Ballet High

What they really want to do is dance.

At the age of six, Raymond Rodriguez decided he wanted to dance. Specifically, he wanted to tap dance. His family was against it but relented when parents of a friend gave him tap shoes for his birthday. "They said, 'He already has the shoes, so I guess he can take the class,'" Rodriguez says in a phone interview.

Several years later, now an accomplished tapper, he auditioned for New York's High School of the Performing Arts. He'd never seen a ballet class. "They told me to change into my tights. I didn't have tights. So they said, 'Just roll up your pants and follow along.'"

Rodriguez was accepted. Coming from a Catholic parochial school, he had difficulty adjusting. He missed his neighborhood and his twin sister. He hated ballet class. He knew nothing about turnout, body line or pointing his feet; he simply imitated what he saw. Students had to take dance classes over Christmas break to keep in shape. Rodriguez went from place to place auditioning, and to his surprise, he was offered several scholarships, including one for the American Ballet Theater School. One of the teachers there took him under her wing. "She worked slowly; she broke things down for me. I started to understand what it was all about," he says.

He found himself being used in productions starring such artists as Mikhail Baryshnikov and Gelsey Kirkland. He was eventually lured away by the Cleveland San Jose Ballet and rapidly cast in leading roles.

Rodriguez is one of several principal dancers from companies around the world -- the American Ballet Theatre, the Boston Ballet, the National Ballet of China, England's Royal Ballet, the Royal Winnipeg Ballet the National Ballet of Canada and the Cleveland company -- who will descend on Vail for two Paul Mitchell International Evenings of Dance. Attending these is rather like skipping dinner and sitting down to an array of desserts: Instead of watching peasant dances, narrative passages, curtains rising and falling and props being moved, audience members sample one dazzling pas de deux after another. This year there will also be a duet by principals of the iconoclastic Pilobolus TOO. "We like to combine classical with great contemporary dance," says Katherine Kersten, producer of the event since 1993. "It's a wonderful contrast, and it keeps the evening fresh."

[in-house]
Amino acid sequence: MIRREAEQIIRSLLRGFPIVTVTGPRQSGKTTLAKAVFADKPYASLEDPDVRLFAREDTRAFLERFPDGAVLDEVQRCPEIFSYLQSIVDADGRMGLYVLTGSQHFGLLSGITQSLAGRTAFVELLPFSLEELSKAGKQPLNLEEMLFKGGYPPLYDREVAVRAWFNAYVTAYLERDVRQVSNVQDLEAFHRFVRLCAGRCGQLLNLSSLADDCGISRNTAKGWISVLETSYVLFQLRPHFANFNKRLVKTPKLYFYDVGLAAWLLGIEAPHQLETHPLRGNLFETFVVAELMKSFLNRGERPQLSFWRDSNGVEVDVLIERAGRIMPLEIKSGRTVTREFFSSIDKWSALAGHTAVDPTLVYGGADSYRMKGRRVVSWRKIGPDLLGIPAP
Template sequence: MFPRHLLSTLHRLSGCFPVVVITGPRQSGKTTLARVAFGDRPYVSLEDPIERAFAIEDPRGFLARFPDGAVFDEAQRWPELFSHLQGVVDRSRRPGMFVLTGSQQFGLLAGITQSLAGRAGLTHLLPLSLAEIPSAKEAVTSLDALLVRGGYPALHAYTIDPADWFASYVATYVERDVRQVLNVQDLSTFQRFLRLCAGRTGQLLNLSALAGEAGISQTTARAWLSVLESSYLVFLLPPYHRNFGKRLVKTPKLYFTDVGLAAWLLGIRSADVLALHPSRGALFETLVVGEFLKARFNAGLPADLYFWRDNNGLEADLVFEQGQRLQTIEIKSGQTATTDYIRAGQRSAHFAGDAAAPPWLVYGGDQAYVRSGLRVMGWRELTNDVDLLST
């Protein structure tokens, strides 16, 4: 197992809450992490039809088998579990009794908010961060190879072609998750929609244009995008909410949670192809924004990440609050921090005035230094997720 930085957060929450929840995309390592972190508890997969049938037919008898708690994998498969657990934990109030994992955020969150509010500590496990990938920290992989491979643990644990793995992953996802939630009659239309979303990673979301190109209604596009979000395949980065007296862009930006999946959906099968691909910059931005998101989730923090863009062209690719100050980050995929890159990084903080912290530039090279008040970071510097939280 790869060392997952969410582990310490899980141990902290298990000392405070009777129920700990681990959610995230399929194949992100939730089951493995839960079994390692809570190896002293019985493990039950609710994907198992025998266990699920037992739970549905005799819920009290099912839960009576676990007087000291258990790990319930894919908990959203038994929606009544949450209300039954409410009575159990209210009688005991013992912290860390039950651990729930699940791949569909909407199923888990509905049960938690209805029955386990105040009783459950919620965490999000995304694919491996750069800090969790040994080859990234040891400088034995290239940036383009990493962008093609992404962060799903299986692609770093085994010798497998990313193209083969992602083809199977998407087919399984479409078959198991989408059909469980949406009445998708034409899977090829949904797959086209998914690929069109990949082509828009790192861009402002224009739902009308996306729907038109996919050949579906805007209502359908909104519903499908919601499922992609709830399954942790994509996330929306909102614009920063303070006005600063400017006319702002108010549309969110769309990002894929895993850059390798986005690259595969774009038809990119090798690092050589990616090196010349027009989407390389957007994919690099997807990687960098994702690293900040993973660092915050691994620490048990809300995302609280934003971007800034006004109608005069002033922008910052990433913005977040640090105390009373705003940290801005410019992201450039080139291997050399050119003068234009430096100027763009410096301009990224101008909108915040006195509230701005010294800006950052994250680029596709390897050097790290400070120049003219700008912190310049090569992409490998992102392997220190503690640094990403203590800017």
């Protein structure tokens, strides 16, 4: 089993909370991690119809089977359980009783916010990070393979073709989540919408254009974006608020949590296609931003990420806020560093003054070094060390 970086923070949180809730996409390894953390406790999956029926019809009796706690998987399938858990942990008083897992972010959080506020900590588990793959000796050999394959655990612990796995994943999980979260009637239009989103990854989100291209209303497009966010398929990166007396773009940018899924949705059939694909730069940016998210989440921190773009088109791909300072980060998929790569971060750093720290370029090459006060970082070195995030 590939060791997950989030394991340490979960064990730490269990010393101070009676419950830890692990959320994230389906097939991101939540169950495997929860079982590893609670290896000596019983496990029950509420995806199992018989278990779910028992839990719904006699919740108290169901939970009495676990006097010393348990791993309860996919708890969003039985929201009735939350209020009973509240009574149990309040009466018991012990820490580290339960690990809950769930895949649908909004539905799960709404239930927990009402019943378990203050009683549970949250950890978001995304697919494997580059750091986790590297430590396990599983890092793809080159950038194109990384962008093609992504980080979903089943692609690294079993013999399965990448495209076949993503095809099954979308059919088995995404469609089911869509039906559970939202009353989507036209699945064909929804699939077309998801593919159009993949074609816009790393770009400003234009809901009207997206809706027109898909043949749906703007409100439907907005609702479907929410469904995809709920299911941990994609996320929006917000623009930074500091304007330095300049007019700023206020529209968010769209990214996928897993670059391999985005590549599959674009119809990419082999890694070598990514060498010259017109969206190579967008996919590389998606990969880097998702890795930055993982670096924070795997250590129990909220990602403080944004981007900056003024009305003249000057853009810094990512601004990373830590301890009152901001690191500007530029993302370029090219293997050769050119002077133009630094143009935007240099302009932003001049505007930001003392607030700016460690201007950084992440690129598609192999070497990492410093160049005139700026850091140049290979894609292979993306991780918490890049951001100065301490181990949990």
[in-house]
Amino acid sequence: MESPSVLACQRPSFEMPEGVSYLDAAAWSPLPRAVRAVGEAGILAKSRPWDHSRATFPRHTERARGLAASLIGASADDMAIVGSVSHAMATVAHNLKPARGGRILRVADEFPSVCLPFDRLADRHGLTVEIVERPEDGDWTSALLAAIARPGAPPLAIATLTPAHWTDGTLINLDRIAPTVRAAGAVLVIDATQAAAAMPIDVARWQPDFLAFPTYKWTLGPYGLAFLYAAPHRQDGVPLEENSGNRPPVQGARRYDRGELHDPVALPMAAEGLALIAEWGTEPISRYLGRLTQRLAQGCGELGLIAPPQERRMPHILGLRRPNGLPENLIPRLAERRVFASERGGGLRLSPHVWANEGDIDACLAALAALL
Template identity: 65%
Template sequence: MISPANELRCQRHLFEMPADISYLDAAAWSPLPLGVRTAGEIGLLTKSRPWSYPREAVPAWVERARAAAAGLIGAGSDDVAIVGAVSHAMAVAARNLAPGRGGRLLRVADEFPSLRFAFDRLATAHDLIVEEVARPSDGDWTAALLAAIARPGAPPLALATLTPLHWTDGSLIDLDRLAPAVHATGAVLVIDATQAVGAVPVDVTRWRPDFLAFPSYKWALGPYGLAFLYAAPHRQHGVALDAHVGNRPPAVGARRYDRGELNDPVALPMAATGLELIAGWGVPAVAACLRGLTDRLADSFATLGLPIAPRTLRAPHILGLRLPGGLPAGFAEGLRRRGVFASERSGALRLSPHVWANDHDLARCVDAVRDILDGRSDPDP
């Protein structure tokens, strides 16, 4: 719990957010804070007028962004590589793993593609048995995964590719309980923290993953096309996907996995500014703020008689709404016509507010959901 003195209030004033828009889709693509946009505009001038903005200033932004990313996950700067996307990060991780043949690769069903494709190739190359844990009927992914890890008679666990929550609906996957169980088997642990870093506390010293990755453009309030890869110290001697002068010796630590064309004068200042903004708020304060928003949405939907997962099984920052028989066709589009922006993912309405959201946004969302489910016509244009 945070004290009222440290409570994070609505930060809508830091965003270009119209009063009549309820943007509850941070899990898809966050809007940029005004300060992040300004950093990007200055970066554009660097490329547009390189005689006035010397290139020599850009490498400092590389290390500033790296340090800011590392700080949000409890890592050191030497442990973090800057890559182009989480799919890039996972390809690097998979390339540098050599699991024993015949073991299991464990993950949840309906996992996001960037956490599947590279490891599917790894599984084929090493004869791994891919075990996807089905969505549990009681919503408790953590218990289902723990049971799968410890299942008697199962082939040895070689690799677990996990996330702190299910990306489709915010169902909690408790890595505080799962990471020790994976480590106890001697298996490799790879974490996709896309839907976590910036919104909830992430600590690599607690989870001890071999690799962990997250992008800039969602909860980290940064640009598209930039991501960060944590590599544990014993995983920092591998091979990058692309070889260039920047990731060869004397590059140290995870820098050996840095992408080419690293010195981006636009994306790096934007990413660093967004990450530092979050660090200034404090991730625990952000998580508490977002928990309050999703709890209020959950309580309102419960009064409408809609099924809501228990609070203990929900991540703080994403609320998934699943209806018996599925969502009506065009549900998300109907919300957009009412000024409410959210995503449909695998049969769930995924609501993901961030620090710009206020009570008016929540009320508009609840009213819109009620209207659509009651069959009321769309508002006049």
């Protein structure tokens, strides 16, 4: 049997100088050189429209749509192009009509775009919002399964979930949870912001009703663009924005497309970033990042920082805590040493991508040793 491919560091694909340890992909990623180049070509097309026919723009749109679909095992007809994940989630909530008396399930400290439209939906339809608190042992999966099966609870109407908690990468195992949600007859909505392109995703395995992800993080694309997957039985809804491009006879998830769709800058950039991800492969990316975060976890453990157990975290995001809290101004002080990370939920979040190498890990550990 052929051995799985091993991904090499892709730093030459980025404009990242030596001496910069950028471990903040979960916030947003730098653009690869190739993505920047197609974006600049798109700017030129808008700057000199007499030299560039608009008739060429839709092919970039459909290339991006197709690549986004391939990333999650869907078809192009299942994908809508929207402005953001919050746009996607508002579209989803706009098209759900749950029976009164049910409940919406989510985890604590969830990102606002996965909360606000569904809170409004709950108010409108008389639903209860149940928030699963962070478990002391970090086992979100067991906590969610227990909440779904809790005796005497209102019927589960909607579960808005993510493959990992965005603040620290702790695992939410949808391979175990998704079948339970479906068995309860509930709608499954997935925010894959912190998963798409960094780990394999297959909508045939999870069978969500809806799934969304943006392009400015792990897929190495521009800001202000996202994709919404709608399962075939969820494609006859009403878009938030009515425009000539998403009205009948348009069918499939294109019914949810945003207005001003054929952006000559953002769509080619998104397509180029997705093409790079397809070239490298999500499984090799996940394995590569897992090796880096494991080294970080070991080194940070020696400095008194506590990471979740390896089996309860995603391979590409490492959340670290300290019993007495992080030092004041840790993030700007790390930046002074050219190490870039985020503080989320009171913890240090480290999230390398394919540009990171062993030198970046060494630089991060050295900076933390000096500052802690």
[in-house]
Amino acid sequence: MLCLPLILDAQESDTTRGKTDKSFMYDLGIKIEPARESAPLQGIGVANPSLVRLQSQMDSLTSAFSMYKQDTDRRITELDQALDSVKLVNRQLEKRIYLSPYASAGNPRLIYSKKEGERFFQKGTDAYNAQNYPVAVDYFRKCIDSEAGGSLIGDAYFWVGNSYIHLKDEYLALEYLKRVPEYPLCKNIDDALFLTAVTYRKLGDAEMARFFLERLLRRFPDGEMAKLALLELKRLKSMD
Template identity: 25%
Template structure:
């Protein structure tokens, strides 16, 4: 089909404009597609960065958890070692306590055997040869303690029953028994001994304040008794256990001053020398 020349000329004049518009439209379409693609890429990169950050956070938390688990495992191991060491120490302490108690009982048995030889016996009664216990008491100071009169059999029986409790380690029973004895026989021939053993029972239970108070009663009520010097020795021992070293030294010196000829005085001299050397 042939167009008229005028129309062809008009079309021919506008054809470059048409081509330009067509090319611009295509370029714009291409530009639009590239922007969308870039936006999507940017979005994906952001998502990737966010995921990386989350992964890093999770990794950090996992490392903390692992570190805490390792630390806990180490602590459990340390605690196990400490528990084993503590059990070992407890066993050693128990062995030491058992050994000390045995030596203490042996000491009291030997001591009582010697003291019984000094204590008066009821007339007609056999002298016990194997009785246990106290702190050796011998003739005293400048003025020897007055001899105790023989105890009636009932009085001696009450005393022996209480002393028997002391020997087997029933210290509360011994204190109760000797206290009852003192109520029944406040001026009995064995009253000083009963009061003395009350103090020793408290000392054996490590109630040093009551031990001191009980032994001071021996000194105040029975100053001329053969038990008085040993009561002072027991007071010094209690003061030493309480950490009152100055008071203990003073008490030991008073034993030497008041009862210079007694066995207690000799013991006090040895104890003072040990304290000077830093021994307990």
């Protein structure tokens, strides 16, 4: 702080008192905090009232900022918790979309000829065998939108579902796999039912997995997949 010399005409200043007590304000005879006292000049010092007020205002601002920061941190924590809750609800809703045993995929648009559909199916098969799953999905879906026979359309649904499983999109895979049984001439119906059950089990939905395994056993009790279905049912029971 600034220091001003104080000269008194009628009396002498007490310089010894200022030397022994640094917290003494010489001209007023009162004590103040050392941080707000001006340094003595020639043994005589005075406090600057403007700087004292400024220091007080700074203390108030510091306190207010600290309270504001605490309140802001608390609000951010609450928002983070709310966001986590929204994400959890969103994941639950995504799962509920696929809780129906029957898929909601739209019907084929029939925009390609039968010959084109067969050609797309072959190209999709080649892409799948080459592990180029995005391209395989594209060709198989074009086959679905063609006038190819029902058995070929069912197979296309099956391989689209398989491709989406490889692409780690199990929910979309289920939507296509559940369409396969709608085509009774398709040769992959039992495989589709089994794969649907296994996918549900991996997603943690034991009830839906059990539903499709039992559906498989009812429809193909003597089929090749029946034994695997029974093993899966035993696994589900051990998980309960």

Kersten herself is a onetime soloist with the Milwaukee Ballet. In the past, she has brought to Vail such major names as Damien Woetzel and Darci Kistler. Thanks to her, Coloradans saw Ethan Stiefel a couple of years before he tore up the screen in Center Stage, proved just how vivid and sexy ballet could be and was proclaimed by some admirers to be the finest male dancer in the world. "I've tried to bring in young dancers on the verge of stardom," Kersten says, "and later have them back so our audiences can see how they've developed."

Vail's reputation is growing, and enticing dancers to Colorado isn't difficult. They usually enjoy themselves when they get here, too, Kersten says. "They're all principals. They fire each other up, and there's that buzz on stage."

Dealing with the altitude in Colorado presents a problem, though, and canisters of oxygen are routinely kept backstage. "But we don't give oxygen during rehearsals," says Kersten. "We want them to adjust. They're great athletes, and they generally do."

Rodriguez may need the oxygen. He will be dancing a Balanchine piece originally created for Patricia McBride and Edward Villella. It was McBride who taught it to Rodriguez and his partner Karen Gabay. Rodriguez describes it as "six and a half minutes of pure aerobics."

Galas such as the one in never become routine, Rodriguez says. "It's such a high when the audience is applauding and it's something I've given them -- something I love."

 
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